Death Company Dreadnoughts suffer from several of those impediments, also sharing the giant Shoot Me signs painted on the models by virtue of their name and (ill-deserved in this iteration) reputation.  I concede that Blood Talons-equipped Dreads are rather effective given the opportunity to succeed, and that with the inbuilt immunity to suppression DC Dreads are the best platform for these.  Overall though, they are a poor Troops choice, not least as they require a more than minimal investment in the Death Company to even be legally selected.  This form of enforced composition leaves a bad taste in the mouth, though to an extent I can waive it away in this instance.

Blood Angel Assault Squads are miles better than their 'vanilla' counterparts, no question.  Is it because of the 1 in 6 possibility of naturally generating Furious Charge instead of having absolutely no benefit? Is it because the 1 in 6 chance of becoming Fearless gives them a greater possibility of actually reaching close combat, in instances where they aren't in a Transport anyway and making that rule wither irrelevant or in fact a detriment as it creates further 'No Retreat' scenarios and prevents them losing combat, breaking 3d6" away, regrouping (cos they're Marines) and moving up to 15" to fire pistols and launch an assault of their own on the same or a different target?  Is it because they Score, instead of being a mediocre-at-best Fast Attack selection competing with the genuinely excellent Land Speeder that is able to fulfill a role in the Space Marine army not able to be filled precisely the same by any other unit?  Is is because they have the ability to take Meltaguns, giving the unit some MUCH needed duality? Is it because of the synergy with a 1W Independent Character who at least partially burns a slot, costs as much as half a squad on his own without upgrades, and who needs protection from anything vaguely threatening or else his buffs and attendant stratagems fall to the ground quicker than a dropped cup full of blood?  Is it because having a Dedicated Assault Unit as a Troops selection is magically good since the last paragraph?  Is it because they get a special rule that makes their arrival from Reserves much more reliable, both in terms of timing and positioning, even though it doesn't grant them the ability to assault following such a deployment, leaving them with the difficult choice of incredible vulnerability to Blast and Template weaponry, or of using their not-truly-cheap Melta weaponry {not cheap on this platform, in this sense, some perspective, please ;-) } to ALMOST guarantee a material impact on the game before they risk being blown away? Or is it because they grant a 35-point discount to the Dedicated Transport selection that otherwise sees the 15-point tax on being fast potentially too high when not even actually always desirable or hugely beneficial, especially with the fact that you lose a Searchlight in the process?  A discount that, by itself but especially when combined with the unexpectedly correct price of the Twin-Linked Heavy Flamer turret in relation to the other options, (sadly, not in any other book,) single-handedly makes Razorspam a viable competitive direction for Blood Angels?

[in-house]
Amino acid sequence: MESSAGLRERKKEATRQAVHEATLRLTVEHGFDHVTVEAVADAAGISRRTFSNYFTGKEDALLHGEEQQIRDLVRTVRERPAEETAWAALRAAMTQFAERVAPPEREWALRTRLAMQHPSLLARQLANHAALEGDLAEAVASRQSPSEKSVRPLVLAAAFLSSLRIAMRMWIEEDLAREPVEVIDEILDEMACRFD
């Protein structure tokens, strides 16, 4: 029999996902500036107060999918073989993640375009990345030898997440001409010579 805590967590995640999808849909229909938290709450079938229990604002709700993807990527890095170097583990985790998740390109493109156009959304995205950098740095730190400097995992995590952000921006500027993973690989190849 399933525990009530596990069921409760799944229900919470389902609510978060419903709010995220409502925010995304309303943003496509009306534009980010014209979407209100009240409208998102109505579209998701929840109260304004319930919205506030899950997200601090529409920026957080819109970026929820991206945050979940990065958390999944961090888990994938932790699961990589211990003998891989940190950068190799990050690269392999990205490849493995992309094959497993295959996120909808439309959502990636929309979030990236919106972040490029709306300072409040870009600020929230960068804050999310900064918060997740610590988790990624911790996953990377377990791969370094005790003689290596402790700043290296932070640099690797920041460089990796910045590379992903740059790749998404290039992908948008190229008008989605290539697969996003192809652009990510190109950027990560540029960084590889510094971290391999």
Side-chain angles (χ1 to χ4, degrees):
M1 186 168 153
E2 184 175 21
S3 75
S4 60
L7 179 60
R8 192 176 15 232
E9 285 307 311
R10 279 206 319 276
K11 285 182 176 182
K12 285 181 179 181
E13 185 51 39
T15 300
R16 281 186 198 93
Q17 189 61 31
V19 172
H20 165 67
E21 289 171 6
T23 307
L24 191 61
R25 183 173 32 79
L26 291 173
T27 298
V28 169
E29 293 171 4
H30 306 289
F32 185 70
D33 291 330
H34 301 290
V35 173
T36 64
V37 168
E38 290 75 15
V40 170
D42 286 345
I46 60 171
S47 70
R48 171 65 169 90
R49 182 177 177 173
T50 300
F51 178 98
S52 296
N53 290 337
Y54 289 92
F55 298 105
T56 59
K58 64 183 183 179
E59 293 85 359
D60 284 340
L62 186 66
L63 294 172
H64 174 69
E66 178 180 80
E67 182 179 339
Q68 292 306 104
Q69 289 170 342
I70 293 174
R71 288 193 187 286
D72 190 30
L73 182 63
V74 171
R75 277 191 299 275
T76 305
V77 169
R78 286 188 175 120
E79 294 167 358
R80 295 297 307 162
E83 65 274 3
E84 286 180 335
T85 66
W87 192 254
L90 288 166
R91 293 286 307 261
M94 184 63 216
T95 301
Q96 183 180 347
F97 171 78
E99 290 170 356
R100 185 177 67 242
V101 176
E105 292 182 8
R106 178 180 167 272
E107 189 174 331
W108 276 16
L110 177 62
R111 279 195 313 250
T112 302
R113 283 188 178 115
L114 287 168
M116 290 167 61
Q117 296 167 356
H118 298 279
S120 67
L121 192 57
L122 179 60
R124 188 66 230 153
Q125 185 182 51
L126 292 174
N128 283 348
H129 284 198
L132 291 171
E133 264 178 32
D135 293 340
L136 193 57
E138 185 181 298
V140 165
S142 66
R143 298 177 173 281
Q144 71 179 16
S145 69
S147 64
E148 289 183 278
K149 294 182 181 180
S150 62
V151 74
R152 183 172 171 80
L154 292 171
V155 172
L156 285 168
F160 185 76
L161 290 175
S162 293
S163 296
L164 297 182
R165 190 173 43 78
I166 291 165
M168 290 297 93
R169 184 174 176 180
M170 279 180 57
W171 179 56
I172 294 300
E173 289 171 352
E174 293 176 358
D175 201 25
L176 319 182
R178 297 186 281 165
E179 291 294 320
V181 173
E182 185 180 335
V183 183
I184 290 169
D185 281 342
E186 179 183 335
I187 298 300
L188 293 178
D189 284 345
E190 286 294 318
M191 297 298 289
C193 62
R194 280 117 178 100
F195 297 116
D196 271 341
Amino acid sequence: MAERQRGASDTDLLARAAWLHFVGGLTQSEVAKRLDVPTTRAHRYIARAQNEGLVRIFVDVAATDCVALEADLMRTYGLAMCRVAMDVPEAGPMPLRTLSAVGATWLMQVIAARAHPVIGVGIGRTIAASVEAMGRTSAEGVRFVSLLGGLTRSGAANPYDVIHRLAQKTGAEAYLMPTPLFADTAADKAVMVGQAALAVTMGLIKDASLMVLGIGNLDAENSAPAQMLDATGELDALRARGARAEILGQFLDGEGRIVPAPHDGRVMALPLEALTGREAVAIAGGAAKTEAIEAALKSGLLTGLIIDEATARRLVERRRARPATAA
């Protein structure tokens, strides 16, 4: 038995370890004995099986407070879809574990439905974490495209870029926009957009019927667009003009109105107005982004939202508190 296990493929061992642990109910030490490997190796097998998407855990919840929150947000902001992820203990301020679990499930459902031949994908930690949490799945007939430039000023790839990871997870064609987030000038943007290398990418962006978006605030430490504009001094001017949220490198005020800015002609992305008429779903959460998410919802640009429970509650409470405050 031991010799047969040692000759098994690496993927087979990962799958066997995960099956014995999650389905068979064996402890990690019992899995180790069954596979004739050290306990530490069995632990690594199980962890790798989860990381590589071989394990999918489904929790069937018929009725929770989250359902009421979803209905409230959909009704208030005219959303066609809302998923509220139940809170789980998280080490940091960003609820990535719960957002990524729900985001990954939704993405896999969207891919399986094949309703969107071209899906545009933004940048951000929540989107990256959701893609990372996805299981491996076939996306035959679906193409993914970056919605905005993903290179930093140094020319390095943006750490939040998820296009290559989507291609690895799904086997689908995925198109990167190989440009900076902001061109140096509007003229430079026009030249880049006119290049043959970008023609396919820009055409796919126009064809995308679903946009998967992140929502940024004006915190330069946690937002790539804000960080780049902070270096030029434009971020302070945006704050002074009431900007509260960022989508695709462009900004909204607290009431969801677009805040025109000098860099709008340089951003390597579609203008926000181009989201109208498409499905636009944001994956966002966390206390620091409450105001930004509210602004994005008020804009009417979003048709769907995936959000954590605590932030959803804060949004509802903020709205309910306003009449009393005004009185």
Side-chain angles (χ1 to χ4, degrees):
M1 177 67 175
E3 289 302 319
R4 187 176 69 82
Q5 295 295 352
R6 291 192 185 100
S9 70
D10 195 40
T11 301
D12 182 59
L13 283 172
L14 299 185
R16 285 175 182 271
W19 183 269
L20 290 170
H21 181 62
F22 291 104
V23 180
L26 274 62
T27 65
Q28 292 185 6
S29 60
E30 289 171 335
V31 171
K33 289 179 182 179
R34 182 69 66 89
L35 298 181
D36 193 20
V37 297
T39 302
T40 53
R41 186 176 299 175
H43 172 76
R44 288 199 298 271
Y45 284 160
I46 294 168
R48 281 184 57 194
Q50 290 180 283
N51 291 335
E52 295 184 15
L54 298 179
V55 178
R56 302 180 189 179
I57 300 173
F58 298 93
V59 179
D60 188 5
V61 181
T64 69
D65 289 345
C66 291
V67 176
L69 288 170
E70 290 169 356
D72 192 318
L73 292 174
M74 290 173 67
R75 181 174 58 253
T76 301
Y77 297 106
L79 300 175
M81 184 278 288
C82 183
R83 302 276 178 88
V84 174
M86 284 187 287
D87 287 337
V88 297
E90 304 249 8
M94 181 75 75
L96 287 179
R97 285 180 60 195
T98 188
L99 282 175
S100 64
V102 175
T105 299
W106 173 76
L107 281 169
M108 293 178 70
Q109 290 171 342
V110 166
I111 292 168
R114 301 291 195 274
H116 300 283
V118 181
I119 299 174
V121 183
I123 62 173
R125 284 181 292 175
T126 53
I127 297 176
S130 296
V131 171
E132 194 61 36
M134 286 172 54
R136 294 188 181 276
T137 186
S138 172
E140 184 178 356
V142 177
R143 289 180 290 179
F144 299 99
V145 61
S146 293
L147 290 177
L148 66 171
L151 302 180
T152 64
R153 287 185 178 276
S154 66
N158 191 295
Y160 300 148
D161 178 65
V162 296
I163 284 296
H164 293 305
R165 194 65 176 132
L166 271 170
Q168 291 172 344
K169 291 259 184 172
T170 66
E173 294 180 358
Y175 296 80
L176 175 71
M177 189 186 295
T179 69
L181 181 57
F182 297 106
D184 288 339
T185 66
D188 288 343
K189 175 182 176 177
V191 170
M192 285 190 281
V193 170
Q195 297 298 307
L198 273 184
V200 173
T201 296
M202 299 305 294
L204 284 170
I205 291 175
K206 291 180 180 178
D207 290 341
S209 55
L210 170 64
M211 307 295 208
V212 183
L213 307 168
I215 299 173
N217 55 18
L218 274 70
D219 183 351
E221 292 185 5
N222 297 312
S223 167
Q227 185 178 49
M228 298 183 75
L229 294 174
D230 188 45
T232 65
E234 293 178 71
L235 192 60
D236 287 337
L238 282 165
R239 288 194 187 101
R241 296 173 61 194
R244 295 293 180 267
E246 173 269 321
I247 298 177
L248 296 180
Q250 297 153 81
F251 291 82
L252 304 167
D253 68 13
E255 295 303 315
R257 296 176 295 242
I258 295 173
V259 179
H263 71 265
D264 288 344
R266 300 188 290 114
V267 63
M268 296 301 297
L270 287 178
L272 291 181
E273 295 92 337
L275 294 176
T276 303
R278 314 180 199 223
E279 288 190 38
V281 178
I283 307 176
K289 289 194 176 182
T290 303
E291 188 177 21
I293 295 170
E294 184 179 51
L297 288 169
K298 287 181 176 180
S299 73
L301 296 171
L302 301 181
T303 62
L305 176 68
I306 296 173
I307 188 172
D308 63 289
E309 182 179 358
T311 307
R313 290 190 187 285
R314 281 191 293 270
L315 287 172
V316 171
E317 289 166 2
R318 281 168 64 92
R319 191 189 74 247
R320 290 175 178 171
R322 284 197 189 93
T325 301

Hint - it's the latter.  Without the discount, the only way to run Blood Angels would be Jumper Marines, and while whether or not that is as Competitive as a mech list is open to debate, the fact is that if the Codex only has a foot build as a prospective build archetype, it would be considered much less positively by players at large.

Finally, (for this part) the Tactical Marines.  Ostensibly, Tacticals are the same as they are in the SM Codex, they have the same points costs and options - but they don't have the same:
a) Variety of special rules, or;
b) Special Rules themselves.